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Wednesday, April 1, 2020
In this column, Hazel Henderson, president of Ethical Markets Media (USA and Brazil) and author of 'Mapping the Global Transition to the Solar Age' and other books, writes that advertising need not necessarily be manipulative – it can be a powerful force for educating, inspiring and showcasing the best innovations for growing more inclusive, greener, knowledge-rich and sustainable societies.
ST. AUGUSTINE, Florida, Jun 20 2015 (IPS) - Challenges to advertisers and marketers arose in the past century. Critics deplored the role of cigarette marketers who exploited the aspirations of women by associating smoking with liberation.
Such manipulations were explored by Vance Packard in The Hidden Persuaders (1957), along with Marshal McLuhan’s The Medium is the Message (1967) and Stuart Ewen’s Captains of Consciousness (1974). The use of subliminal advertising (rapid flashing of product images faster than human cognition) was challenged and the public discussion led to its disuse.
By the 1980s, Ian Mitroff and Warren Bennis described the “deliberate manufacturing of falsehood” in The Unreality Industry (1989), followed by William Schrader’s Media Blight and the Dehumanizing of America (1992), Naomi Klein’s No Logo (1999) and Neil Postman’s Amusing Ourselves to Death (2005).
Fast forward to today’s ethical challenges.
Political advertising of candidates was likened to selling toothpaste as it emerged in the 1970s and summarized by Charles Lewis in The Buying of the President (1996) and James Fallows in Breaking the News (1996). Today, the gutting of restrictions on money in U.S. elections has led to the well-financed blizzard of attack ads that lead millions of voters to turn off their TV sets in disgust. Media corporations and their TV channels have come to rely on such financial bonanzas during elections.
What this confirms is that advertising influences media owners and the content of programmes and often distorts news coverage, leading to subtle commercial censorship rarely recognised as a threat to free speech in the U.S. Constitution’s First Amendment.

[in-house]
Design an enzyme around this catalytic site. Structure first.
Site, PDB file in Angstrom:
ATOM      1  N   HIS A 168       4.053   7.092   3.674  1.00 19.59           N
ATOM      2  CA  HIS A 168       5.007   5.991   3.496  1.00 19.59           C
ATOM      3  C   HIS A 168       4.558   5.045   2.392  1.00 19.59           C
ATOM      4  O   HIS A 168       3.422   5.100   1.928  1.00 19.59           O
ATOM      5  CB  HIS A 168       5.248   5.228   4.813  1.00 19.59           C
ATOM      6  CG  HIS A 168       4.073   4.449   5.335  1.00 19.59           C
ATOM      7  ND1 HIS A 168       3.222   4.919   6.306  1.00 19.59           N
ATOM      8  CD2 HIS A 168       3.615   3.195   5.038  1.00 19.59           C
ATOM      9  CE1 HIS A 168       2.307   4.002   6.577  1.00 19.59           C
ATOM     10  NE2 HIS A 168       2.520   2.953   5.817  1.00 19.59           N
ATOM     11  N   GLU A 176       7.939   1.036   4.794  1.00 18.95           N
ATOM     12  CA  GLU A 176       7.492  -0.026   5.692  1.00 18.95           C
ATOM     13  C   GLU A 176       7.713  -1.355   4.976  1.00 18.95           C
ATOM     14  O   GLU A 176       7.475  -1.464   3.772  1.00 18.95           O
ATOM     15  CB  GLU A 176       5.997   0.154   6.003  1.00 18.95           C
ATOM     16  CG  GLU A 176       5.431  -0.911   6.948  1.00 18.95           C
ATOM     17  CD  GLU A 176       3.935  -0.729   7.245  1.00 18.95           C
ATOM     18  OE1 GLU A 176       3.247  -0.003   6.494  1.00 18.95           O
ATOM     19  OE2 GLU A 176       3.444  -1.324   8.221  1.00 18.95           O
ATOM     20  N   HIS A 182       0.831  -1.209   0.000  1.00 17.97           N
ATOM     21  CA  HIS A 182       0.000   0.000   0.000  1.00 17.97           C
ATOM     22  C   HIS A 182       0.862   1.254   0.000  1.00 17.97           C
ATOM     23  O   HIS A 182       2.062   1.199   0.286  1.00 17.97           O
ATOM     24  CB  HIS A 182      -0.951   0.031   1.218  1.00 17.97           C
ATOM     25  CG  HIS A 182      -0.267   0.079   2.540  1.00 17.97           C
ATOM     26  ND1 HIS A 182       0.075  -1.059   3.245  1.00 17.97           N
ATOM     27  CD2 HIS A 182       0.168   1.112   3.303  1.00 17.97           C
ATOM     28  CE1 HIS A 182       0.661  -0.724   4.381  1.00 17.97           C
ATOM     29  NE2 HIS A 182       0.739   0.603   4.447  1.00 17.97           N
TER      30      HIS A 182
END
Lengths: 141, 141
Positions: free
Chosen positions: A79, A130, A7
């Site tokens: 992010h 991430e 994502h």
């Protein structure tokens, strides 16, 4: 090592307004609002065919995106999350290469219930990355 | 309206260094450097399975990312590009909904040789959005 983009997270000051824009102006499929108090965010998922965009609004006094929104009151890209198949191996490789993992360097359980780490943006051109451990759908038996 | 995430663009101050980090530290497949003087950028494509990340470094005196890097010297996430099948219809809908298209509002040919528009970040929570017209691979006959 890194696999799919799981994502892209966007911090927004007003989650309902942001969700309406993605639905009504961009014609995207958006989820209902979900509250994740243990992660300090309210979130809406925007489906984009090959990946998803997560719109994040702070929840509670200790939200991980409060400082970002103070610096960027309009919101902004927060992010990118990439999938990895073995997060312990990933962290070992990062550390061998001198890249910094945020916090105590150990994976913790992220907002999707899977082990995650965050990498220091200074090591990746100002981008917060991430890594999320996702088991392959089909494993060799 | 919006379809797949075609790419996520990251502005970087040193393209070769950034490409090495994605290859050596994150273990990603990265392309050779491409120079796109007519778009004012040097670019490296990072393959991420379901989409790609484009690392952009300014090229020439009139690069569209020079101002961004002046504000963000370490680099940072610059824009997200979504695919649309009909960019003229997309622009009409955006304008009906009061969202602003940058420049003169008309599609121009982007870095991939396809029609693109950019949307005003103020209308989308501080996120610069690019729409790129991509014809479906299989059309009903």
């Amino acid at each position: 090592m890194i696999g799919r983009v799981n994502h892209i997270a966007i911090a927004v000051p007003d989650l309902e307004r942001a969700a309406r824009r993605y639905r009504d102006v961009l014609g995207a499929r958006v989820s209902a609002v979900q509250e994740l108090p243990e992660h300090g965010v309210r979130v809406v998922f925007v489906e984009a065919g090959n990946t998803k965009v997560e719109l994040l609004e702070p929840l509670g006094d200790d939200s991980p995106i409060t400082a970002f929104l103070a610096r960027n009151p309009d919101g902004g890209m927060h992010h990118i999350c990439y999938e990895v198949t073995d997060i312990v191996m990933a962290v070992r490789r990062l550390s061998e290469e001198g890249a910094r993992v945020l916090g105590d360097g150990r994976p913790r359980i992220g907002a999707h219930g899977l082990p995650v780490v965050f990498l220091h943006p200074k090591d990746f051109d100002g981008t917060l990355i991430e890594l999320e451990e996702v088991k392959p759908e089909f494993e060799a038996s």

Civic groups’ limited funding precludes challenging false and misleading advertising and the “greenwashing” of many companies’ poor environmental records.
These Awards recognise that advertising, a global 500 billion dollars a year industry, can be a powerful force for good beyond consumerism, in educating, inspiring and showcasing the best innovations for growing more inclusive, greener, knowledge-rich and sustainable societies.
The newest challenge to advertisers comes from Silicon Valley with the many apps that allow users to skip and block ads, including AdBlockPlus (downloaded 400 million times), as well as add-ons to Chrome and Firefox browsers. Ad block users have grown to 200 million a month, according to PageFair and The Economist.
Advertisers could redeem their reputations and business models via Truth in Advertising Assurance Set Aside (TIAASA) which would disallow their tax exempt funds on false advertising and then award these funds to civic challengers to hire ad agencies to prepare counter-advertising campaigns.
All this highlights the growing vulnerability of media business models in the United States, other industrial societies and worldwide.
Many new media business models which no longer rely on advertising are debated in The Death and Life of American Journalism (2010) by Robert McChesney and John Nichols who compare media access policies in many countries which subsidise investigative journalism, such as Britain’s BBC.
In the United States, foundations support news organisations such as the National Geographic, the Center for Public Integrity and ProPublica, and media outlets such as the Columbia Journalism Review. The American Prospect and The Nation are largely funded by subscribers as well as PBS and NPR in broadcasting, along with many internet-based media such as The Real News Network.
Google banned ad-blocking apps in 2013, yet alternative web-browsers such as UC Browser already claims 500 million users, mostly in China and India, and Eyeo launched its ad-blocking browser available for mobile devices running Google’s Android. These battles will rage on until legal systems – always lagging behind technology – catch up.
Two reports from the Aspen Institute’s Communications and Society Program led by Charles Firestone – “Navigating Continual Disruption” and “The Atomic Age of Data” – discuss the digitisation of ever more sectors of industrial societies and the internet of things (IOT).
In the United States, the monopolising of internet access by Comcast, AT&T and Verizon has restricted broadband access to millions in less affluent, rural communities and prevented small towns from competing with public broadband systems, as reported by the Center for Public Integrity and Susan Crawford in Captive Audience (2013).
The good news follows the analysis and proposals of Kunda Dixit in DatelineEarth: Journalism as if the Planet Mattered (IPS, 1997) and includes Dan Gillmore’s We the Media (2004) on grassroots journalism; David Bollier’s In Search of the Public Interest in the New Media (2002); Democratizing Global Media (2005); Making the Net Work: Sustainable Development in a Digital Society (2003) from Britain’s Forum for the Future; and Jaron Lanier’s Who Owns the Future? (2013). (END/COLUMNIST SERVICE)
Edited by Phil Harris
The views expressed in this article are those of the author and do not necessarily represent the views of, and should not be attributed to, IPS – Inter Press Service.
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